betting shops in the UK by changing their planning class. Joan Ruddock, Labour MP for Lewisham Deptford, introduced her bill using the 10 Minute Rule before the recess and is proposing that betting shops be given their own planning class, which
private members bill is looking to change planning laws for
would require the granting of planning permission for any new LBO. The bill would also require that local planning authorities assess demand for betting shops when considering applications for premises in that planning use class and place a cap on the number of betting shops for which planning permission may be granted in any area.
16 BettingBusinessInteractive • SEPTEMBER 2011
Despite suggesting that betting shops attract anti- social behaviour, Ruddock commented: “I am not opposed to betting, and it is clear that many of my constituents use such facil- ities; rather, it is the number of betting shops that is the problem and the lack of any opportunity for local people to have a say on the profound changes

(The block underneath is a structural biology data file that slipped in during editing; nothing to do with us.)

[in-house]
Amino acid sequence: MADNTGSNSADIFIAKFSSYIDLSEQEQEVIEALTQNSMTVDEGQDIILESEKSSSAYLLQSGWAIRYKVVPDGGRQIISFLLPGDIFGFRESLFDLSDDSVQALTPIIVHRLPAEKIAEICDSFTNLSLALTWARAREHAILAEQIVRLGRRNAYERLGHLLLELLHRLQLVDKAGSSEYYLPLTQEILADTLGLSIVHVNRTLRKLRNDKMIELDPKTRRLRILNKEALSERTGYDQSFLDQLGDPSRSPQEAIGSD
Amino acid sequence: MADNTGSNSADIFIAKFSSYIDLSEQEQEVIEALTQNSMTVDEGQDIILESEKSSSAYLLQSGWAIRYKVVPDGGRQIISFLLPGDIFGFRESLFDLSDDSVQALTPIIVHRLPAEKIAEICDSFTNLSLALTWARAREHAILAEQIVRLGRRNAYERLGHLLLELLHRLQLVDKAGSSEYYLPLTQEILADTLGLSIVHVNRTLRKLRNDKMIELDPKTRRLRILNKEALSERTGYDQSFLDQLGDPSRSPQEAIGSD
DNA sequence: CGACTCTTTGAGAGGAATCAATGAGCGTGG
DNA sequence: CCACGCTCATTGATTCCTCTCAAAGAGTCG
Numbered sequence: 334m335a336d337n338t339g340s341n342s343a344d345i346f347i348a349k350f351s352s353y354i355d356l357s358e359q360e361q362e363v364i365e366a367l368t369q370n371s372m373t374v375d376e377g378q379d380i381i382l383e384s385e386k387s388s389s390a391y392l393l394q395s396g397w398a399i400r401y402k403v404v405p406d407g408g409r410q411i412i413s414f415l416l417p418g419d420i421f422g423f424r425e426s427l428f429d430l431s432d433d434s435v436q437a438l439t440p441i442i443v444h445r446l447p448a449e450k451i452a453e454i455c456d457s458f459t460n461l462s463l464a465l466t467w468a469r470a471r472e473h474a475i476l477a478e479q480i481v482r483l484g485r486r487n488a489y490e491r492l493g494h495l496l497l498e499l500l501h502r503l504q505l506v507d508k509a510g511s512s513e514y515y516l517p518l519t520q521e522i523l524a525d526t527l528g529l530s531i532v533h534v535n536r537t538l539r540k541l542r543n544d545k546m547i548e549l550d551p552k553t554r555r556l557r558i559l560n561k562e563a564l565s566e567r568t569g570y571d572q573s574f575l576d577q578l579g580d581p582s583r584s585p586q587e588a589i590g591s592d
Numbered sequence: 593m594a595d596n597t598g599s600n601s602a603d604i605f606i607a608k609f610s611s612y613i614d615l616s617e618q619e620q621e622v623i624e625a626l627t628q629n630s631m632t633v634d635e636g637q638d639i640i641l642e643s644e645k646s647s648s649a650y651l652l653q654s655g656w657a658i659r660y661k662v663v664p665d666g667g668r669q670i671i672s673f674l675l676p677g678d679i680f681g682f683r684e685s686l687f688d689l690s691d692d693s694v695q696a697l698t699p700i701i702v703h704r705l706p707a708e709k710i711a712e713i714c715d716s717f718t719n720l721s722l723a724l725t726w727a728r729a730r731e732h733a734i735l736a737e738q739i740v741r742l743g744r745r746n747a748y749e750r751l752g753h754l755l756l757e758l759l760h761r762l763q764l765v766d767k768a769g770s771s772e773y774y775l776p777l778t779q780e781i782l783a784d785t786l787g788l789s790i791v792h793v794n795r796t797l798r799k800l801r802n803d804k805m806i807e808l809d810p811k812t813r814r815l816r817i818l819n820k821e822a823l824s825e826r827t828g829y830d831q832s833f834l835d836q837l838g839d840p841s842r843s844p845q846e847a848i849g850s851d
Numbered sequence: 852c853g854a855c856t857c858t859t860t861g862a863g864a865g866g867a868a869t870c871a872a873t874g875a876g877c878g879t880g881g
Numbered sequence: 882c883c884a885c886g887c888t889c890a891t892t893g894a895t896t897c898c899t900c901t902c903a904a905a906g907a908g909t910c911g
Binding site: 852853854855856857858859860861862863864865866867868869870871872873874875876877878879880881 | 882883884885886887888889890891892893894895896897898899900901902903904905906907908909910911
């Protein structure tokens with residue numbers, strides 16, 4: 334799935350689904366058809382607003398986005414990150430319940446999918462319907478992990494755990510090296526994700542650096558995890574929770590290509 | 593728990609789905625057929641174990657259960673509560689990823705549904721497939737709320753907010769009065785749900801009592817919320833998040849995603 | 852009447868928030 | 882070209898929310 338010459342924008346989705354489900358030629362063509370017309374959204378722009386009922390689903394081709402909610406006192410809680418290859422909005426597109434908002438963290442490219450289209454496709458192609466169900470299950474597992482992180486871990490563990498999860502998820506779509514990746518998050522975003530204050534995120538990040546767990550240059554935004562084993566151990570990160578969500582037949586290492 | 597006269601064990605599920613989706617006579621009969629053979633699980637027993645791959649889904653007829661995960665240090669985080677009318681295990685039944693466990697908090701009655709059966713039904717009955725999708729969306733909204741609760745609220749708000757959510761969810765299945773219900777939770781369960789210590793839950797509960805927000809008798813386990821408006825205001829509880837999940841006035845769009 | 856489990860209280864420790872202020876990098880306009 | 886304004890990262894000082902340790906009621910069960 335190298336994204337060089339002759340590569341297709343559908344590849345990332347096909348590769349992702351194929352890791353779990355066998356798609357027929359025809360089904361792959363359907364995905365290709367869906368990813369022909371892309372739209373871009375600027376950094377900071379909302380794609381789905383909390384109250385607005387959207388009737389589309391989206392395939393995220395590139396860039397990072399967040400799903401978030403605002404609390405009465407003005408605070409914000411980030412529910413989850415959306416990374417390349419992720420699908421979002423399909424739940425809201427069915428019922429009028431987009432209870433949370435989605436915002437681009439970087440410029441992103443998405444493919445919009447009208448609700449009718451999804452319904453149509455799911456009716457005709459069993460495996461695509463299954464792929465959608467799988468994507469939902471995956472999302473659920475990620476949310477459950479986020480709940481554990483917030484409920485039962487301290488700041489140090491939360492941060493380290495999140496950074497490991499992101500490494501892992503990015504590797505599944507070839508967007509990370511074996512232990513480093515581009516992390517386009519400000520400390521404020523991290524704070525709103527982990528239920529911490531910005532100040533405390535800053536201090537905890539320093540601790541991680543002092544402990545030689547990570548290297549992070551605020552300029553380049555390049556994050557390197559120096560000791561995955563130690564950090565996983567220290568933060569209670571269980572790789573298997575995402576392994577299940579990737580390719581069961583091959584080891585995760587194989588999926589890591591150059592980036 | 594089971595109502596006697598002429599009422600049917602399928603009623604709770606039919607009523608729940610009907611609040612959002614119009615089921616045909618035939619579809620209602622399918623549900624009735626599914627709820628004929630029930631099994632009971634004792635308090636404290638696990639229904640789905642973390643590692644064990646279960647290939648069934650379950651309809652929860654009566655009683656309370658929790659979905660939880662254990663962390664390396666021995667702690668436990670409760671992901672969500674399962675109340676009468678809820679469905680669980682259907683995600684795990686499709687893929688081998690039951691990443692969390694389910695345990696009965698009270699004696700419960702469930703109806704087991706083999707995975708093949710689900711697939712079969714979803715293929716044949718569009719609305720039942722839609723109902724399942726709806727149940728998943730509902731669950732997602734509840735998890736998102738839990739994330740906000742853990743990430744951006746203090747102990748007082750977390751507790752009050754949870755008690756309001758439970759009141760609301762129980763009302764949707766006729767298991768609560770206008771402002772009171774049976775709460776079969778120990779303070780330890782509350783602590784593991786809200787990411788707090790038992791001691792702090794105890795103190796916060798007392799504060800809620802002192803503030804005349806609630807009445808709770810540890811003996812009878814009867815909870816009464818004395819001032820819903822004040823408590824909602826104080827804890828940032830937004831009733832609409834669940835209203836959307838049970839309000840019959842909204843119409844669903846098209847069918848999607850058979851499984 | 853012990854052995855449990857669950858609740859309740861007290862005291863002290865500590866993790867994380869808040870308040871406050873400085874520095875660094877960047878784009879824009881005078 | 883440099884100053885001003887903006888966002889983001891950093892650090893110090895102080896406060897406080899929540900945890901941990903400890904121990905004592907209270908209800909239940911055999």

affecting their environ- ment.”
Ruddock’s bill has the support of fellow MPs Debbie Abrahams, Heidi Alexander, Tom Brake, Mark Field, Mike Gapes, David Lammy, Tony Lloyd, Andrew Love, Caroline Lucas, Tessa Munt and Virendra Sharma. It is due to receive its second reading in the House of
Commons on 20 January 2012.
Ruddock said: “Taking betting shops out of their current place in use classes order A2 alongside banks and building soci- eties would make it possi- ble to make planning judgments appropriate to the local area. Local plan- ning authorities would be able to assess demand for
betting shops, and indeed place a cap on the number of betting shops for which planning permission may be granted. This simple measure would not inhibit the industry from creating a natural spread of outlets, but it would give some hope to areas such as mine, in which extreme clusters are totally unac- ceptable.”
ACTION IMAGES / LEE MILLS LIVEPIC